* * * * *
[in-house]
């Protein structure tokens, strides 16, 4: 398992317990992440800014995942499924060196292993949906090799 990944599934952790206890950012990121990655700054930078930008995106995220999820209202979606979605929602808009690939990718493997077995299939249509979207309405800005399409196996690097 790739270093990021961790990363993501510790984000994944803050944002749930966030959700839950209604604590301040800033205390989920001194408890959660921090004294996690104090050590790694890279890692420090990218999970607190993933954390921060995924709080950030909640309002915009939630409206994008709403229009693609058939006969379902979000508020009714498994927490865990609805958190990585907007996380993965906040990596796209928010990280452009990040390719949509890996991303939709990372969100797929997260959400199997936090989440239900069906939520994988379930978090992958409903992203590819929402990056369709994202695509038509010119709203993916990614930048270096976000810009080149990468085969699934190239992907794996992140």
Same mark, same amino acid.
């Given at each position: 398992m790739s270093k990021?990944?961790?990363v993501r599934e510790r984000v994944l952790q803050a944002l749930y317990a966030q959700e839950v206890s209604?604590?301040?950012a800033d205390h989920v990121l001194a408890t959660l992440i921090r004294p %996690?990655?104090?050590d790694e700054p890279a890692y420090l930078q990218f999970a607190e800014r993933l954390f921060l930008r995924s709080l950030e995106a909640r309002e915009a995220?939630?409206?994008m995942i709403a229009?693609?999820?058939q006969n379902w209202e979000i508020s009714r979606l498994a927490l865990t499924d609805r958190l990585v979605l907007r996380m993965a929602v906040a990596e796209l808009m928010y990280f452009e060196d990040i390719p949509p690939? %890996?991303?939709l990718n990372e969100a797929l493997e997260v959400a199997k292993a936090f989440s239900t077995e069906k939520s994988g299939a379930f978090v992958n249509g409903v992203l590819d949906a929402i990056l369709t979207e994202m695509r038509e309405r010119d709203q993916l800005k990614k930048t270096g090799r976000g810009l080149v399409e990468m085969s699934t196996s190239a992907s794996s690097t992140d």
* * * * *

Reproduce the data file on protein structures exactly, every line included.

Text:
[in-house]
């Protein structure tokens, strides 16, 4: 398992317990992440800014995942499924060196292993949906090799 990944599934952790206890950012990121990655700054930078930008995106995220999820209202979606979605929602808009690939990718493997077995299939249509979207309405800005399409196996690097 790739270093990021961790990363993501510790984000994944803050944002749930966030959700839950209604604590301040800033205390989920001194408890959660921090004294996690104090050590790694890279890692420090990218999970607190993933954390921060995924709080950030909640309002915009939630409206994008709403229009693609058939006969379902979000508020009714498994927490865990609805958190990585907007996380993965906040990596796209928010990280452009990040390719949509890996991303939709990372969100797929997260959400199997936090989440239900069906939520994988379930978090992958409903992203590819929402990056369709994202695509038509010119709203993916990614930048270096976000810009080149990468085969699934190239992907794996992140």
Same mark, same amino acid.
């Given at each position: 398992m790739s270093k990021?990944?961790?990363v993501r599934e510790r984000v994944l952790q803050a944002l749930y317990a966030q959700e839950v206890s209604?604590?301040?950012a800033d205390h989920v990121l001194a408890t959660l992440i921090r004294p %996690?990655?104090?050590d790694e700054p890279a890692y420090l930078q990218f999970a607190e800014r993933l954390f921060l930008r995924s709080l950030e995106a909640r309002e915009a995220?939630?409206?994008m995942i709403a229009?693609?999820?058939q006969n379902w209202e979000i508020s009714r979606l498994a927490l865990t499924d609805r958190l990585v979605l907007r996380m993965a929602v906040a990596e796209l808009m928010y990280f452009e060196d990040i390719p949509p690939? %890996?991303?939709l990718n990372e969100a797929l493997e997260v959400a199997k292993a936090f989440s239900t077995e069906k939520s994988g299939a379930f978090v992958n249509g409903v992203l590819d949906a929402i990056l369709t979207e994202m695509r038509e309405r010119d709203q993916l800005k990614k930048t270096g090799r976000g810009l080149v399409e990468m085969s699934t196996s190239a992907s794996s690097t992140d």